"Systems of Advantage"

  • My new book


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Liz Moran

Vinnie - The book looks fascinating - congrats ! Best Regards - Liz Moram

Ameed Taylor


Congratulations on your upcoming book.

It will be absolutely refreshing to see a focus on innovations outside of the canned "innovations" that we are feed daily by the mass media in terms of consumer electronics and enterprise software.

Of particular interest will be seeing how multiple technology "strands" are being utilized by the innovators profiled in the book to come up with breakthroughs in cloud computing, space technology and bio-tech and in countries outside of North America.

Chandran Sankaran

Vinnie -

Congratulations! So much opportunity and insight exists in the structural gaps created by the way disciplines are conventionally defined. I really like the premise of the book, and look forward to reading it.


Morgan McLintic

Congrats Vinnie - wonderful topic, sounds fascinating.

Paul Wiest

Vinnie... Can't wait to read it... Thanks for the "heads up"


Wow Vinnie. Very impressive. SOunds like a must read. Can't wait for further updates.


is "the new polyglotte" a sequel? if so, count me in. i know you wrote "the new polymath" with passion and i can't wait to find out about the innovation spirits, especially those roaming the web.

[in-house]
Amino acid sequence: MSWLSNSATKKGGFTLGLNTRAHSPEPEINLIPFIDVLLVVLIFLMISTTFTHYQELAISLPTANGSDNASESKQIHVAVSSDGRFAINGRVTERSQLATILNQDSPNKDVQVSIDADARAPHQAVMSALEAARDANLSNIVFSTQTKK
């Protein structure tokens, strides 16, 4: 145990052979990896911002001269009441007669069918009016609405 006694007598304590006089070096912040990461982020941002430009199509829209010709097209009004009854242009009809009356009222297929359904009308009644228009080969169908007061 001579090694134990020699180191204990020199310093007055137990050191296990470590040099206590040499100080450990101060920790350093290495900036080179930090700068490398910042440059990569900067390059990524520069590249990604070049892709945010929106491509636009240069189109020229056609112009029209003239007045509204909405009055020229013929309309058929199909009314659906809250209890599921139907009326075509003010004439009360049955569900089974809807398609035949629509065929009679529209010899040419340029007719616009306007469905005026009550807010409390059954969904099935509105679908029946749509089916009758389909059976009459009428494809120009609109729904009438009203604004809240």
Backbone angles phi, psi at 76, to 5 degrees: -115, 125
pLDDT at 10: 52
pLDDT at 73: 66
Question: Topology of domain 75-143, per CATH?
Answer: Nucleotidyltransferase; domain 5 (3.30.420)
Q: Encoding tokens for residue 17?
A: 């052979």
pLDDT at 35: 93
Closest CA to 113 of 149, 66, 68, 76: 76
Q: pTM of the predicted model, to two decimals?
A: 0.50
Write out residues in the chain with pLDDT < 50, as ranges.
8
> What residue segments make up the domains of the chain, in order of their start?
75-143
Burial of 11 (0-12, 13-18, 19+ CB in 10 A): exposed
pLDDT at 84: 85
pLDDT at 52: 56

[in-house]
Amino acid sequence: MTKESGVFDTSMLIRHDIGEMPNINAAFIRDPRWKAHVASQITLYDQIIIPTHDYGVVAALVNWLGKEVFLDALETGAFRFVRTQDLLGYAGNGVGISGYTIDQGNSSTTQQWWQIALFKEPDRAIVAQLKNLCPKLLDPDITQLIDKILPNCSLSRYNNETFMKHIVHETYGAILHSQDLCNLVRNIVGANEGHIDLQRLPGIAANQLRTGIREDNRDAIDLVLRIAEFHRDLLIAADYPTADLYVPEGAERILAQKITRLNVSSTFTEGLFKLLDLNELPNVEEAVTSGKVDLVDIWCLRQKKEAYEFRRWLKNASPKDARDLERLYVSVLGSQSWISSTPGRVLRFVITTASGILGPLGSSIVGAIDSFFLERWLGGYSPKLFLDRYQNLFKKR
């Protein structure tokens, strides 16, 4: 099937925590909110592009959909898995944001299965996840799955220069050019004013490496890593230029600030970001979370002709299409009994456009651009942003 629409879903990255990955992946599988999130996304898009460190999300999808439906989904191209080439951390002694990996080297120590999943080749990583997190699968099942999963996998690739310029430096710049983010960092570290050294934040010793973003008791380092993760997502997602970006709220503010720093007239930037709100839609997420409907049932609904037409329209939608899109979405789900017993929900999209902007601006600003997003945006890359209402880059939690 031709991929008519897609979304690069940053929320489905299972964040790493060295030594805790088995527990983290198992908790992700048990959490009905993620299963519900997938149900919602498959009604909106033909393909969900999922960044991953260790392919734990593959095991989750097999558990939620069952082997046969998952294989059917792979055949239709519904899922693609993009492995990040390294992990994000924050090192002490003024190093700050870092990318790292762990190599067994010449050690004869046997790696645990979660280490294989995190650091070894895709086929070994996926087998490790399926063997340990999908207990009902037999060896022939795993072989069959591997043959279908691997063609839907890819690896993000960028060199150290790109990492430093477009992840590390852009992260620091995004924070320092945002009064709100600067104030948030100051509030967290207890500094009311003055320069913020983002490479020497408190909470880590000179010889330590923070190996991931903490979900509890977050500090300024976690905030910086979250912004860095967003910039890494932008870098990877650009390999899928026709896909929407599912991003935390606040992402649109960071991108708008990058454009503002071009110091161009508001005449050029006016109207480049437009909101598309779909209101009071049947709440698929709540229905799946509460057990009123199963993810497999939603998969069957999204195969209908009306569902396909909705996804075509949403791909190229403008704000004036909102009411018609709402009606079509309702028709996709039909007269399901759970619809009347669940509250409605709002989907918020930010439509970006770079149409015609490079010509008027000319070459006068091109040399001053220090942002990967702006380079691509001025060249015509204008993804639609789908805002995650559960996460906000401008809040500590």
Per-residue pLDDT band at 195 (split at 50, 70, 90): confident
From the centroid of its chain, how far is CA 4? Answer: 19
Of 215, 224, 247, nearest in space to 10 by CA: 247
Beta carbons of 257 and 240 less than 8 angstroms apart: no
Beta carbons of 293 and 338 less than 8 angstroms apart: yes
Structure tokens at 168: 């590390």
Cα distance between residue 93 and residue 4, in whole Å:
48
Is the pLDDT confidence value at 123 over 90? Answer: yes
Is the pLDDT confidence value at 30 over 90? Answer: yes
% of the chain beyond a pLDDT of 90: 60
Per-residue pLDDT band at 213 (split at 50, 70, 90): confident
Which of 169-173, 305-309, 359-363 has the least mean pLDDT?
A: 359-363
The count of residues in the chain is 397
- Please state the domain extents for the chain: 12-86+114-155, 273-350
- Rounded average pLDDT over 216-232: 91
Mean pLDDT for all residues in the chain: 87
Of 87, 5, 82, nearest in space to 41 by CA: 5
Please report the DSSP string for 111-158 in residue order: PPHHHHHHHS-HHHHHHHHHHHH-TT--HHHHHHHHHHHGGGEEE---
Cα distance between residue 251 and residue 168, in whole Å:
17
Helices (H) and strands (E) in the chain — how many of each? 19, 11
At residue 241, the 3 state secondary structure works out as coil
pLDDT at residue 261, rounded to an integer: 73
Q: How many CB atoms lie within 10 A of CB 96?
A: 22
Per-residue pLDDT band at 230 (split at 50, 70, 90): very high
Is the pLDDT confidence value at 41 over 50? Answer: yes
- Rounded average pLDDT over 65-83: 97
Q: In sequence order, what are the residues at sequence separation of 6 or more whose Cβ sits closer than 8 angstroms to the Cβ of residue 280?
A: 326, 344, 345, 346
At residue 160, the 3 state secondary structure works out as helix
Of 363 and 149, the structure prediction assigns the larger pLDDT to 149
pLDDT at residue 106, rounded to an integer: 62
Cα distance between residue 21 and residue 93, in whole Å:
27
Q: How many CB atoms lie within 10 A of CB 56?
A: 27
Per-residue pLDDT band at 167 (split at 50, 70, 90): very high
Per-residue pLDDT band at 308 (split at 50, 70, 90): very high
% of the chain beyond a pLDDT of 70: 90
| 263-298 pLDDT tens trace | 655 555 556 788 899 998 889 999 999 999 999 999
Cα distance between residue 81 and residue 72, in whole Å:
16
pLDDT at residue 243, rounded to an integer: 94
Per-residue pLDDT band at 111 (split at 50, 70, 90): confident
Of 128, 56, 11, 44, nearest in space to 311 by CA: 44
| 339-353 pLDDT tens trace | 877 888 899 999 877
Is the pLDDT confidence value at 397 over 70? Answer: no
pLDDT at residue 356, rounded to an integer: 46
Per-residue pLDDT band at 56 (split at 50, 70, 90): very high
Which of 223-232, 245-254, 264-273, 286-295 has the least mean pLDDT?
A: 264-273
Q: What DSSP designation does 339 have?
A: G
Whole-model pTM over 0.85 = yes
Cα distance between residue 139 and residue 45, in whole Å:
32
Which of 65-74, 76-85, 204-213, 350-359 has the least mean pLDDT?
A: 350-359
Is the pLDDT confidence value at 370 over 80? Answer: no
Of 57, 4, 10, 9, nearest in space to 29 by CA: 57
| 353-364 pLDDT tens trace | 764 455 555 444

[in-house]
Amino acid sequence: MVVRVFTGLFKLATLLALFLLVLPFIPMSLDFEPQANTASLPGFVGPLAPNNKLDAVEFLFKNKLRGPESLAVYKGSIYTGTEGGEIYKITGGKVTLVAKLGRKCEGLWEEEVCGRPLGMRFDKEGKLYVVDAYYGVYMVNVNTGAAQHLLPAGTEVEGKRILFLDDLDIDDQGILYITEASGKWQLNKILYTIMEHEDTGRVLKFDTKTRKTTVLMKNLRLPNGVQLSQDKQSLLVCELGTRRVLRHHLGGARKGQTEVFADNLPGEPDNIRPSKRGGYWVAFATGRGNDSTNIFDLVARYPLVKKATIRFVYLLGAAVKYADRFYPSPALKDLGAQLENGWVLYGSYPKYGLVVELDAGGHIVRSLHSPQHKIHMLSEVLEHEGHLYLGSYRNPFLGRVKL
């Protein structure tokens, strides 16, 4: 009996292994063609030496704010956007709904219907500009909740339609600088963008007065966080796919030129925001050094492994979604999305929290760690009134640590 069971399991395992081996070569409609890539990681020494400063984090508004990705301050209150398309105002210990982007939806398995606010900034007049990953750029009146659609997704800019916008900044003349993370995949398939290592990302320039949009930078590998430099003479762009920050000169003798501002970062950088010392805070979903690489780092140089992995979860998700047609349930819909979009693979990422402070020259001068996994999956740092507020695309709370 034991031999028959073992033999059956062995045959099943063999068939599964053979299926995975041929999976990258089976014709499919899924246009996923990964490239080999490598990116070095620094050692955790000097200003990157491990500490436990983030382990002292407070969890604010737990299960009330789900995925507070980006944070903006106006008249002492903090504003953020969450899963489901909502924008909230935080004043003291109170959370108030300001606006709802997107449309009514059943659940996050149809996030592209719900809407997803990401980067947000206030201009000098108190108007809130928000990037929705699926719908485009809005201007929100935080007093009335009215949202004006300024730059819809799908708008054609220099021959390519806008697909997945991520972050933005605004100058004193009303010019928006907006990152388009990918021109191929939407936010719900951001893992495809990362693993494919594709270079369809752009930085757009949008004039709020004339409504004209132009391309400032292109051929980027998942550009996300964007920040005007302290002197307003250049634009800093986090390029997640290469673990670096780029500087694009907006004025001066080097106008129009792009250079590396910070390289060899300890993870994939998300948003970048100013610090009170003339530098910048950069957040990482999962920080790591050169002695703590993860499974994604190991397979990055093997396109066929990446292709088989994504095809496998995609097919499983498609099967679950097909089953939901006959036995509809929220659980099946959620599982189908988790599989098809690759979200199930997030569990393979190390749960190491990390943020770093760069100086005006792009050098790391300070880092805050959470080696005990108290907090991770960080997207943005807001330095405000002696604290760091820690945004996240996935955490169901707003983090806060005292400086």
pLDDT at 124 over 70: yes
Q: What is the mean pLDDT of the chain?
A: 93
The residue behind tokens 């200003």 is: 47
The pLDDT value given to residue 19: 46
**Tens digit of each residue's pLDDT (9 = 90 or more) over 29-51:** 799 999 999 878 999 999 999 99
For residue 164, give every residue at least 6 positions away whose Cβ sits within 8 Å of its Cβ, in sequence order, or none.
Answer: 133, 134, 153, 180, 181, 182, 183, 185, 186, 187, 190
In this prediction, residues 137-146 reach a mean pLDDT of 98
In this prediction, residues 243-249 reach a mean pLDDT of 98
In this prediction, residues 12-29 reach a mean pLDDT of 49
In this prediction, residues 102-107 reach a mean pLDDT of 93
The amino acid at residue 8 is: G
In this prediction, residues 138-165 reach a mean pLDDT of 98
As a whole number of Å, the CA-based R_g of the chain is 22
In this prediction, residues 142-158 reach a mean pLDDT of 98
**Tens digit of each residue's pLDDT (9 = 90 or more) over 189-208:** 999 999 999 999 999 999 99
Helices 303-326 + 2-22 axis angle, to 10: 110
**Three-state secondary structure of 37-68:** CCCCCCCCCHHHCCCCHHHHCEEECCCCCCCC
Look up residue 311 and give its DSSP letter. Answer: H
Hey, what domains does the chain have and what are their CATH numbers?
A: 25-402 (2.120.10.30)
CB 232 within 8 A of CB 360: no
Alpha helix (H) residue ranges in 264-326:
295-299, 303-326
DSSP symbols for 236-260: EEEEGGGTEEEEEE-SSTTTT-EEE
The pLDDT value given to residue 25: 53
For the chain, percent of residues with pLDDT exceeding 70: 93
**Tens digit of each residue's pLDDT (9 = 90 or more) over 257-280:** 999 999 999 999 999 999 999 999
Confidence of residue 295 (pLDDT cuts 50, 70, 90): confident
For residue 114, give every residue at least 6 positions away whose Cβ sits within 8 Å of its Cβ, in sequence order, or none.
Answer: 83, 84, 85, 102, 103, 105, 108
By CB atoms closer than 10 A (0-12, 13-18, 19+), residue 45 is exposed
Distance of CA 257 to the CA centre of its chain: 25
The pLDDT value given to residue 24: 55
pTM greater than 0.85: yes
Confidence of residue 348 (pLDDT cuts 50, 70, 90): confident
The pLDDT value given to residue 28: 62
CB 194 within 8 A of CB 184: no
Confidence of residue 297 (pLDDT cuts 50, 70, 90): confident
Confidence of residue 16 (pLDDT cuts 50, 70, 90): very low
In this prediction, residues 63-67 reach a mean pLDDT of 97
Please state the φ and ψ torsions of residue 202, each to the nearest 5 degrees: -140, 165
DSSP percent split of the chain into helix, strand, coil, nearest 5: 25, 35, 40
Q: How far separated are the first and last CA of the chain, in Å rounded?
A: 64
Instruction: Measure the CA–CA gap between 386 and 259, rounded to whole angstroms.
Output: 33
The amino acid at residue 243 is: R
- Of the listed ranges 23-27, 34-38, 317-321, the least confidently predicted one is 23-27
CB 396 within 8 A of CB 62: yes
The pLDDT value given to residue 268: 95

Joe Thornton

Vinnie - this should be an interesting read! Looking forward to seeing how you've compiled all of this information.


This look like it'll be a very interesting book.

Bill Kirwin


Great topic. Of course, my company will be there to train folks on all this new stuff, won't it?

Britton Manasco


Love the direction you've taken on this project. I've long believed that real innovation lies at "the intersection" (as Frans Johannson puts it in The Medici Effect). You seem to be there -- helping us embrace The New Renaissance.

One concern I have, however, is that many of these "polymaths" -- from KP to GE -- seem to be relying on the federal government to make their new riches possible. Cap and Trade legislation, for instance, may be fine for "rent seeking" ( http://en.wikipedia.org/wiki/Rent_seeking ) venture capitalists and monstrously large corporations. But is it the best approach for the rest of us? Even Super Green NYT Columnist Tom Friedman believes otherwise: http://www.nytimes.com/2009/04/08/opinion/08friedman.html

The prior Renaissance revolved around a liberation from monopolistic/oligopolistic practices and far-reaching government control. While I agree that a New Renaissance is within our reach, I don't believe it will happen if we expect it to be financed (or incentivized) by a New Leviathan in Washington.



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